Set of 2 Francesco Bartolozzi 18th C. Original Stipple artwork

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Set of 2 Francesco Bartolozzi 18th C. Original Stipple Engraving Brown Ink Prudence and Beauty, Genius and Beauty, Cherubs, Nudity, Itallian



Francesco Bartolozzi 18th C. Original Stipple Engraving set of 2
currently one of these is in the NY Museum of Art.
appraiser said authentic original and in good condition
1700-1800 Century stipple engraving - brown ink
1782
stipple engraved (dots)
Genius and Beauty
Prudence and Beauty
mythical or cherub-like in style
I paid to have a verbal appraisal, authentic, original, and in good condition
comes framed, in glass
framing has some knicks and scratches common for the age.
framed measures 15 x 16"
9 x 11 engraving
Title: Prudence, Love, and Beauty

Artist: Francesco Bartolozzi (Italian, Florence 1728–1815 Lisbon)
Artist: After Giovanni Battista Cipriani (Italian, Florence 1727–1785 Hammersmith (active London))
Publisher: Torre & Co. (British, active 1760–99)
Date: September 15, 1782
Francesco Bartolozzi RA (21 September 1727, in Florence – 7 March 1815, in Lisbon) was an Italian engraver, whose most productive period was spent in London. He is noted for popularizing the "crayon" method of engraving

He lived in London for nearly forty years. He produced an enormous number of engravings, including Clytie after Annibale Carracci, and of the Virgin and Child, after Carlo Dolci. A large proportion of them are from the works of Cipriani and Angelica Kauffman. Bartolozzi also contributed a number of plates to Boydell's Shakespeare Gallery. He also drew sketches of his own in red chalk. Soon after arriving in London, he was appointed 'Engraver to the King' (George III) with an annual salary of £300. He was elected a founding member of the Royal Academy. The new Academy's bylaws specifically excluded engravers but Bartolozzi was so well esteemed that he was brought in as an Academician in the category of Painter.[2] In 1802 he became the founding President of the short-lived Society of Engravers.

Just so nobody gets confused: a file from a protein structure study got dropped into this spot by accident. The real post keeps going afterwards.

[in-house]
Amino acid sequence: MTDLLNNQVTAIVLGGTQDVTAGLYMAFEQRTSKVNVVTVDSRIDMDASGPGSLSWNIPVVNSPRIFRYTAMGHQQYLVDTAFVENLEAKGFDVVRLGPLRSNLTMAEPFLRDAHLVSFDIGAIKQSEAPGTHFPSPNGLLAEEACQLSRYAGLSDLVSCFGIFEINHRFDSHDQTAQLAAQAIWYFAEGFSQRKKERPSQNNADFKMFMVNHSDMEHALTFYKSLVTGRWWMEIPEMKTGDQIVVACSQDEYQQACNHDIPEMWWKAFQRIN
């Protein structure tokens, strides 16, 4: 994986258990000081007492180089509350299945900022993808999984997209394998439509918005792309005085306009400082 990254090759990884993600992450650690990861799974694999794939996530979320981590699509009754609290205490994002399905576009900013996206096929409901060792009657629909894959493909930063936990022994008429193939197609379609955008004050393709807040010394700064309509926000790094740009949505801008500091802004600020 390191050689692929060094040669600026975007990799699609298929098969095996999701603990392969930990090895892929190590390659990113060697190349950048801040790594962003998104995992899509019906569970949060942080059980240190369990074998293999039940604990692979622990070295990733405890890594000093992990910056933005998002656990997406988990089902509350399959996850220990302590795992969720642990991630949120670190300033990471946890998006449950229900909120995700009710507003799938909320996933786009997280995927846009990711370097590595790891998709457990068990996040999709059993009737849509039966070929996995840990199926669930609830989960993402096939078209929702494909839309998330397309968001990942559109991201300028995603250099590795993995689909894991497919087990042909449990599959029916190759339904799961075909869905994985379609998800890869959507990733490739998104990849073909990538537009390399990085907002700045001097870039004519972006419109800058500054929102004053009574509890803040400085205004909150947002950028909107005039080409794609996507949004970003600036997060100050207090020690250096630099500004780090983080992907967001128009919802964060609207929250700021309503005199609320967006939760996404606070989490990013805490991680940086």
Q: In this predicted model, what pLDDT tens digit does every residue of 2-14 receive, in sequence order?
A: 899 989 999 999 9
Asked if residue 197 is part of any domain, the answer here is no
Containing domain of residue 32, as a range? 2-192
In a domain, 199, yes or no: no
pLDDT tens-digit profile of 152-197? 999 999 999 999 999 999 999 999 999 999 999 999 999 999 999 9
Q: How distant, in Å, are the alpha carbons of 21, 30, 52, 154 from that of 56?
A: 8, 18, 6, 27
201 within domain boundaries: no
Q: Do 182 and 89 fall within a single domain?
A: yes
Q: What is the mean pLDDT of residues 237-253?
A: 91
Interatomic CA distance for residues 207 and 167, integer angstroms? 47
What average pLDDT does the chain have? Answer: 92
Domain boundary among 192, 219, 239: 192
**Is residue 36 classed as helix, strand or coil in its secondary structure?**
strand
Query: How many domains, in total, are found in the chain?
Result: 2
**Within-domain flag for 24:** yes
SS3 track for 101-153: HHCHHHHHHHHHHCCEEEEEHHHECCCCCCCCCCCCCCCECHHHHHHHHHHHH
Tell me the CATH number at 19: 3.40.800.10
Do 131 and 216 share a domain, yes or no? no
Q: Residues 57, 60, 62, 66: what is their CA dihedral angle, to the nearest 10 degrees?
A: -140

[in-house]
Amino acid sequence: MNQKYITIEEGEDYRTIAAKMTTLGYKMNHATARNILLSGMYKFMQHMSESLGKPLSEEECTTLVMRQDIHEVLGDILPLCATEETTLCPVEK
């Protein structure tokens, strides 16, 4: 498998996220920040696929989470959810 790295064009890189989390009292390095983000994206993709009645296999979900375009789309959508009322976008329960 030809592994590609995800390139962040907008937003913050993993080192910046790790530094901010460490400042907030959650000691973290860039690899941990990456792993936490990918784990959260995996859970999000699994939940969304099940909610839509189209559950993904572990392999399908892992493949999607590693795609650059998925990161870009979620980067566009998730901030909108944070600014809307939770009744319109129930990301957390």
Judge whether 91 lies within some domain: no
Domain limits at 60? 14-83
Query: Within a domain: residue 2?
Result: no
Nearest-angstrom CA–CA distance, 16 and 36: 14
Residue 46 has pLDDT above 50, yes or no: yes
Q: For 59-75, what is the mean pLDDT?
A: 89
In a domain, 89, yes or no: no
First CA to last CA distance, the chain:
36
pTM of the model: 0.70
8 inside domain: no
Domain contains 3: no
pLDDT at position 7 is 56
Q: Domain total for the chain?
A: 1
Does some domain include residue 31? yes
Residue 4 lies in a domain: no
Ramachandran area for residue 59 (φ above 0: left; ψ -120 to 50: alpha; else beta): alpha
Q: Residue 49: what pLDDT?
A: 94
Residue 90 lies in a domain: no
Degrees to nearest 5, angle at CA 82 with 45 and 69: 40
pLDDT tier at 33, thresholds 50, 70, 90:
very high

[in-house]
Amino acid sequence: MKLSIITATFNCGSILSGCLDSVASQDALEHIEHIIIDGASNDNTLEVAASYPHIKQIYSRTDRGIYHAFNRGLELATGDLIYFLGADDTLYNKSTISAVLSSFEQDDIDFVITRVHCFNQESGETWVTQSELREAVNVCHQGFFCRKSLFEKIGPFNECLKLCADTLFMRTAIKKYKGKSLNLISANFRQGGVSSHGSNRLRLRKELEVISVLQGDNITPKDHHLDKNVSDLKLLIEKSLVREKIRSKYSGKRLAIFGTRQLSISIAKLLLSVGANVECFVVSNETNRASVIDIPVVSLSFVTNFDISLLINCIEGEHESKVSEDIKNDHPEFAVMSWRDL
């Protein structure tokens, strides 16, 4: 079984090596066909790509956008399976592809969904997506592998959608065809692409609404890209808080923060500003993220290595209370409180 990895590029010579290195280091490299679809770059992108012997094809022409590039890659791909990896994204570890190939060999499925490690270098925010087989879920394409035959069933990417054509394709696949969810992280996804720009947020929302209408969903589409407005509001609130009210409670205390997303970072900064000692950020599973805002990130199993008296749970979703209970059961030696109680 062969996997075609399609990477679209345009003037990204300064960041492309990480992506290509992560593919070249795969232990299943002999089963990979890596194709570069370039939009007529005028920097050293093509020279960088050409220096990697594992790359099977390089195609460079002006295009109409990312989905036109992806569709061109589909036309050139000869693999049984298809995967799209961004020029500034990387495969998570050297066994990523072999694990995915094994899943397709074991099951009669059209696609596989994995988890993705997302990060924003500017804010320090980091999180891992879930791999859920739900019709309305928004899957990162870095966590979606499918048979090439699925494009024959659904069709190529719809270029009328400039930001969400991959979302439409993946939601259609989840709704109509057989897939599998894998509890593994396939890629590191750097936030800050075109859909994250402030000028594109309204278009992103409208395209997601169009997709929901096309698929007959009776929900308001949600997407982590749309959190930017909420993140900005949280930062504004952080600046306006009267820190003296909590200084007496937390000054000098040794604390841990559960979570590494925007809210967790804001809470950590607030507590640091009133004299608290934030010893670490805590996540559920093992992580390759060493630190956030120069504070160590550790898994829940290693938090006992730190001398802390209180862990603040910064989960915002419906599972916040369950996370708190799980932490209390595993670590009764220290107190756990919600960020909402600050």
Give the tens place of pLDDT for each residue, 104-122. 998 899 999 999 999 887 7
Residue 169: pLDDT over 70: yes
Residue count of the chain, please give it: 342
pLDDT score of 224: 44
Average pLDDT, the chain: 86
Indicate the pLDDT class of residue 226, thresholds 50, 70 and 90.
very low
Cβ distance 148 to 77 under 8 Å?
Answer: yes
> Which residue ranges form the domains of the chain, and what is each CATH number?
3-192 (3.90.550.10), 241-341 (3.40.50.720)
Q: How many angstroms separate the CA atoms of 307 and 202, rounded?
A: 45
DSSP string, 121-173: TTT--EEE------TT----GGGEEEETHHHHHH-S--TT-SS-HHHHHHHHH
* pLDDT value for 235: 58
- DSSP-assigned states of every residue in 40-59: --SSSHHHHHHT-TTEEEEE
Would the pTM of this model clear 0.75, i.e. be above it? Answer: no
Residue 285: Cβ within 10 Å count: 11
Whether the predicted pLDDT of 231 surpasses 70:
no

While Bartolozzi was not the original inventor of the crayon manner of engraving, he became a leading exponent that "stipple" method and it became associated with him. With that technique images are created by delicate dots rather than lines as in traditional etchings or engravings. Bartolozzi added distinction to his work by using red (sanguine), orange and brown inks rather than common black ink.

As his prominence grew, he took on students including Michele Benedetti, Ignatius Joseph van den Berghe, Thomas Cheesman, Lambertus Antonius Claessens, Daniel Gardner, Christiaan Josi, Johan Fredrik Martin, Conrad Martin Metz, Luigi Schiavonetti, John Keyse Sherwin, Heinrich Sintzenich, Peltro William Tomkins, Domenico Bernardo Zilotti,[3] and Gavriil Skorodumov.[4][5]

His son Gaetano Stefano Bartolozzi, born in 1757, also became an engraver and later fathered Madame Vestris a celebrated English actress, opera singer, and theater manager. less

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